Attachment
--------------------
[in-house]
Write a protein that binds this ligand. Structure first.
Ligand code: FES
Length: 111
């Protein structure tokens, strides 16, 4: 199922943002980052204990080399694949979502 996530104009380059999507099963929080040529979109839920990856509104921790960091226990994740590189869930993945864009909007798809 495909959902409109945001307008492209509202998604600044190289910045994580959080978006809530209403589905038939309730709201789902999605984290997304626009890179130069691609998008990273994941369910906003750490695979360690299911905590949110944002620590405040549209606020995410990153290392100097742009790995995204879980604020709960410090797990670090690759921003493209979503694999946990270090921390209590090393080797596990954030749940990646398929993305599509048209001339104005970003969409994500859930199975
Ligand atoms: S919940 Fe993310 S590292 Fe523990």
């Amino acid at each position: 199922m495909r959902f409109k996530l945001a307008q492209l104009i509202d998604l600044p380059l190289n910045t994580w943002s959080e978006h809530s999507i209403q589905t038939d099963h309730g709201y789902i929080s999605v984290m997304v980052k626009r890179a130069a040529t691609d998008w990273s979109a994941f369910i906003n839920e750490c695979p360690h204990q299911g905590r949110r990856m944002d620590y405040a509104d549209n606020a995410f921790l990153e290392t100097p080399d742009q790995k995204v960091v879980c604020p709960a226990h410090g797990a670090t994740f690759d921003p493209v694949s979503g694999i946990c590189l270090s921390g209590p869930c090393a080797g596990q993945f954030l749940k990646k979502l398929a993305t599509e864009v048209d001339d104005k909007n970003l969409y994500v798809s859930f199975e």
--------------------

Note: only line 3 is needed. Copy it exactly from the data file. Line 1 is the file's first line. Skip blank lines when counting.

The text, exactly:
Ligand code: FES